DeLace Munger's Reviews > Bloody Jack: Being an Account of the Curious Adventures of Mary "Jacky" Faber, Ship's Boy

Bloody Jack by L.A. Meyer
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's review
Aug 17, 12

bookshelves: young-adult, historical-fiction
Read in August, 2012

This book was recommended to me by a co-worker after my declaration that I felt YA literature just wasn't for me. She said simply, "You're not reading the right stuff" and provided me with a stack of books. I started with this one because, hey, it's a sea adventure! I was a bit concerned when I saw the main character was named Jack because of the whole Pirates of Caribbean rip-off trend but soon discovered that it's really about a girl named Mary pretending to be a boy named Jack.

The author did a great job of depicting what it was like being an orphaned child on the streets of London in the early 19th century. The constant hunger, the filth, the disease, despair and the lengths to which a street urchin went just to survive each day are all described well but not to the point of being overwhelming. It's told from Mary's point of view and her language is fun and authentic as far as my research could discover. I even learned that the word "shiv" probably dates back to the 17th century and was associated with the thieves' cant of the times.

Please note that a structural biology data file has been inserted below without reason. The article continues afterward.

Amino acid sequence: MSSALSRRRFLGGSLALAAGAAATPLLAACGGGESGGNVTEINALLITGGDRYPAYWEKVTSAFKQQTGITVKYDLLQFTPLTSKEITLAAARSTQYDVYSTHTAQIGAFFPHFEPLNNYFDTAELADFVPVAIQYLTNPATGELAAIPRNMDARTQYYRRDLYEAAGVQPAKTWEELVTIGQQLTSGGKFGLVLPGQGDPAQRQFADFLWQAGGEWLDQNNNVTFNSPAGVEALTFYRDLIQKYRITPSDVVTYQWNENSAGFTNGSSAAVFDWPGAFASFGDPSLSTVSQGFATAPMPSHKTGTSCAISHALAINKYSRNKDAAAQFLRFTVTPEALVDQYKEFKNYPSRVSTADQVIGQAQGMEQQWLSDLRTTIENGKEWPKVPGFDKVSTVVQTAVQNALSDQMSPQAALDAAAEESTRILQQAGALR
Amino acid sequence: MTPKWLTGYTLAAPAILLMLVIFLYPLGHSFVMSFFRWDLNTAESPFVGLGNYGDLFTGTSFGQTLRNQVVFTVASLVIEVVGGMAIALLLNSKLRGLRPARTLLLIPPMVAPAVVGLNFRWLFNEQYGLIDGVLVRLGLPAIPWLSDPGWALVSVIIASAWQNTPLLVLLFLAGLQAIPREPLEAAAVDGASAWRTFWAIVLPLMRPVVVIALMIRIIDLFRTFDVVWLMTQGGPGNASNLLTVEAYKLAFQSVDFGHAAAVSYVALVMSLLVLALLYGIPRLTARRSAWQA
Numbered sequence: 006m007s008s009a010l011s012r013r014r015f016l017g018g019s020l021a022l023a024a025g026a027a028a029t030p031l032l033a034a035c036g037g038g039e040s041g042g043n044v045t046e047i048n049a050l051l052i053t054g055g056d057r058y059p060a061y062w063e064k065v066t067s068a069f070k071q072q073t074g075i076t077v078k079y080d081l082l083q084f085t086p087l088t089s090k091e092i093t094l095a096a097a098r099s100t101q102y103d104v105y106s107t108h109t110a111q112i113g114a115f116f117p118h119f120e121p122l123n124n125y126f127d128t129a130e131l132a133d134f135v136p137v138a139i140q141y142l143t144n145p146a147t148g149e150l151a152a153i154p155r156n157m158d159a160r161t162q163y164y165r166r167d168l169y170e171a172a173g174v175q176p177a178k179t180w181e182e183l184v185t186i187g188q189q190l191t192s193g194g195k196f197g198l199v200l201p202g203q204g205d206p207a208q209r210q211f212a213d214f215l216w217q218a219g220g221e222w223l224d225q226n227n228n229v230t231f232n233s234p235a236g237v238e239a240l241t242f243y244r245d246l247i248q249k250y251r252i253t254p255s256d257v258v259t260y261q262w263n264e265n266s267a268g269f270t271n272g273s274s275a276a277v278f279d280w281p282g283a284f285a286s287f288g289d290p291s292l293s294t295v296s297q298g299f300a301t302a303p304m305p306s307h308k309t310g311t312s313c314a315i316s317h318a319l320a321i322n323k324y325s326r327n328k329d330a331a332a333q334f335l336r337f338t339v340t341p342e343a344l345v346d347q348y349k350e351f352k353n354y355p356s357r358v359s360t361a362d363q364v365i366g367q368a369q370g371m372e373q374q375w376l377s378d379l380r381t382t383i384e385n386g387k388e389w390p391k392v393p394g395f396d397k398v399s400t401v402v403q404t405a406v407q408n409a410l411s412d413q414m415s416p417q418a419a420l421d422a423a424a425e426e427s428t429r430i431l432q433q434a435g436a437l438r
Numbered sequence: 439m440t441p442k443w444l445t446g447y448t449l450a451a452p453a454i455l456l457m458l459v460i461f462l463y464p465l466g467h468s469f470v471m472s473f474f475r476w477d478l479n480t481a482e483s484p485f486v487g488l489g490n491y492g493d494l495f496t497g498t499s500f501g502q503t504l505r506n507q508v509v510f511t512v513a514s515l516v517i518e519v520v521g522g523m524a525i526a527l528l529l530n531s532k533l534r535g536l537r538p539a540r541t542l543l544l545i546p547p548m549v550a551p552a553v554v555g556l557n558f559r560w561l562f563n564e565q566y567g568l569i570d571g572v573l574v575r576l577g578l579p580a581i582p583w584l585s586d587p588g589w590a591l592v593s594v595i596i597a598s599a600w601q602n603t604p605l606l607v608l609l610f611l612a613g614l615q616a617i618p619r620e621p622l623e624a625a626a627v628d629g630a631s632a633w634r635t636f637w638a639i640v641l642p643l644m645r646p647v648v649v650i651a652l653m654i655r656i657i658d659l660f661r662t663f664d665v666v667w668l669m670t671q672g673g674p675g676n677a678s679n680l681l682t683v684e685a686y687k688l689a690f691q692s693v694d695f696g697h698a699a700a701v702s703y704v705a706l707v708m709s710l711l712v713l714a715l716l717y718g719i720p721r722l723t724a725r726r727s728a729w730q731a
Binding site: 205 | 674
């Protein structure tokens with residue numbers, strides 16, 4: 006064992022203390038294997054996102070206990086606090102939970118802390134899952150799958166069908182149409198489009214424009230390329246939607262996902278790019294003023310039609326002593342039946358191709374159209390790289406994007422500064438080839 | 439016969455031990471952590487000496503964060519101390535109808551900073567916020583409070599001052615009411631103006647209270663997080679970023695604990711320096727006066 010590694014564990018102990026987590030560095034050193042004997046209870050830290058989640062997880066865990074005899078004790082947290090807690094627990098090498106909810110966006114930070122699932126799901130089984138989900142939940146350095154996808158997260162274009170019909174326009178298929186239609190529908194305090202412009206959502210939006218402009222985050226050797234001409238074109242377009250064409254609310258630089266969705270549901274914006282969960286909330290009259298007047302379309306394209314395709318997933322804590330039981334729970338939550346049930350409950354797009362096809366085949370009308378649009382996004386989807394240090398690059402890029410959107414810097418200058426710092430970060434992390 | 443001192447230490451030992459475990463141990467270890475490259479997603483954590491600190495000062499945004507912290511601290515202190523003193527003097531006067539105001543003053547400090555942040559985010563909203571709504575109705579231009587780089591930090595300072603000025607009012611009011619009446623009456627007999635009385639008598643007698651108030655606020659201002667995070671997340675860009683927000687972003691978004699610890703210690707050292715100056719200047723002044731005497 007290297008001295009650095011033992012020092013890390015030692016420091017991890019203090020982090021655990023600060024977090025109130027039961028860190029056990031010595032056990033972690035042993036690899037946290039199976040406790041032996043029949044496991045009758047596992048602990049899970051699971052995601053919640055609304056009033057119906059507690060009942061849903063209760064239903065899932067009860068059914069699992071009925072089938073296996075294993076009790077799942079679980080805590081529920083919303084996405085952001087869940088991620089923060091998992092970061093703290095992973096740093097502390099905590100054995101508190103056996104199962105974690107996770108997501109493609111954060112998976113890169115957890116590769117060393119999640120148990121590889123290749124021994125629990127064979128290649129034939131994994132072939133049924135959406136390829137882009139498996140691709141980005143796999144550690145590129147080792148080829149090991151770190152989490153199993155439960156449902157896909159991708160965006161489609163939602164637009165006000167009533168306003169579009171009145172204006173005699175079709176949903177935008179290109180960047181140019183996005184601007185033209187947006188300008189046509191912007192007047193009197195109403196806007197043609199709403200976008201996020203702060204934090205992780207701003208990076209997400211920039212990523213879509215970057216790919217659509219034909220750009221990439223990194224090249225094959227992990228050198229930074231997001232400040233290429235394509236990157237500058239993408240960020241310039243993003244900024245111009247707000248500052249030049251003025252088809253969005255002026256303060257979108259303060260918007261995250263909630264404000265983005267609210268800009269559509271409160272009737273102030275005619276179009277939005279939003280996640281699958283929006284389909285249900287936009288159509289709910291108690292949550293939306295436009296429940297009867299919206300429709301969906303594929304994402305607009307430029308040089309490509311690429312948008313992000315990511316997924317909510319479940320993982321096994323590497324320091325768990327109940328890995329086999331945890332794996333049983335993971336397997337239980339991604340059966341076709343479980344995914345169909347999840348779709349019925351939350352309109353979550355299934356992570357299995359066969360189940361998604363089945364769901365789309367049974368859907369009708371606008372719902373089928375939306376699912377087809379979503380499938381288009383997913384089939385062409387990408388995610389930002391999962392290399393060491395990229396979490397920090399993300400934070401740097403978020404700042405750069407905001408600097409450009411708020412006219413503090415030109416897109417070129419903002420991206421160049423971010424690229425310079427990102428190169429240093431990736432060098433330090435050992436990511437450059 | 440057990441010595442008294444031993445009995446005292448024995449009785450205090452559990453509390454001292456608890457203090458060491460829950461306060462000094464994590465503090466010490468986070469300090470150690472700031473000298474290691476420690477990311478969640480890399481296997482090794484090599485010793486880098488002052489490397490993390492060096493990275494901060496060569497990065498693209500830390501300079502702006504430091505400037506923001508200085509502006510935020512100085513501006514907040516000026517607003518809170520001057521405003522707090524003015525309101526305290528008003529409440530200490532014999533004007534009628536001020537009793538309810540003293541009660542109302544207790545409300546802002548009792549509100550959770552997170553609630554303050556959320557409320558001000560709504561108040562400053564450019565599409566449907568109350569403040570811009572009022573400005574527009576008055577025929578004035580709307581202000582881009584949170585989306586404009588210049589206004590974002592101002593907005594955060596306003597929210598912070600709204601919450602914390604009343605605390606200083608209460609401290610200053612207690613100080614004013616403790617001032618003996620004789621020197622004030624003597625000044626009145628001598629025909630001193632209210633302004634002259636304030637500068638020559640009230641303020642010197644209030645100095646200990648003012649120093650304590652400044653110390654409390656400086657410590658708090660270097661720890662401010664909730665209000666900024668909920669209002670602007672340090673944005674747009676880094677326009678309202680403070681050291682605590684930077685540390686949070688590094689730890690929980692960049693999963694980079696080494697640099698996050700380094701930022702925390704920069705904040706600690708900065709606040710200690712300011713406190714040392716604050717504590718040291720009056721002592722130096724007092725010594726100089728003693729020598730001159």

The story moves along smoothly with Mary going to sea posing as a boy in order to see the world and perhaps have a full belly most days. There's plenty of interesting history and a good view of life in His Majesty's Navy. I would have to do more research to know how plausible some of it was but my previous reading indicates that the education of the midshipmen and other sailors took place pretty much as the book depicts and the author makes a plausible case for this young girl using her early literacy skills (her father was a school teacher) to further her lot in life.

I found this to be a nice change from the other YA lit that I've read and I plan to explore the rest of the books I was given!

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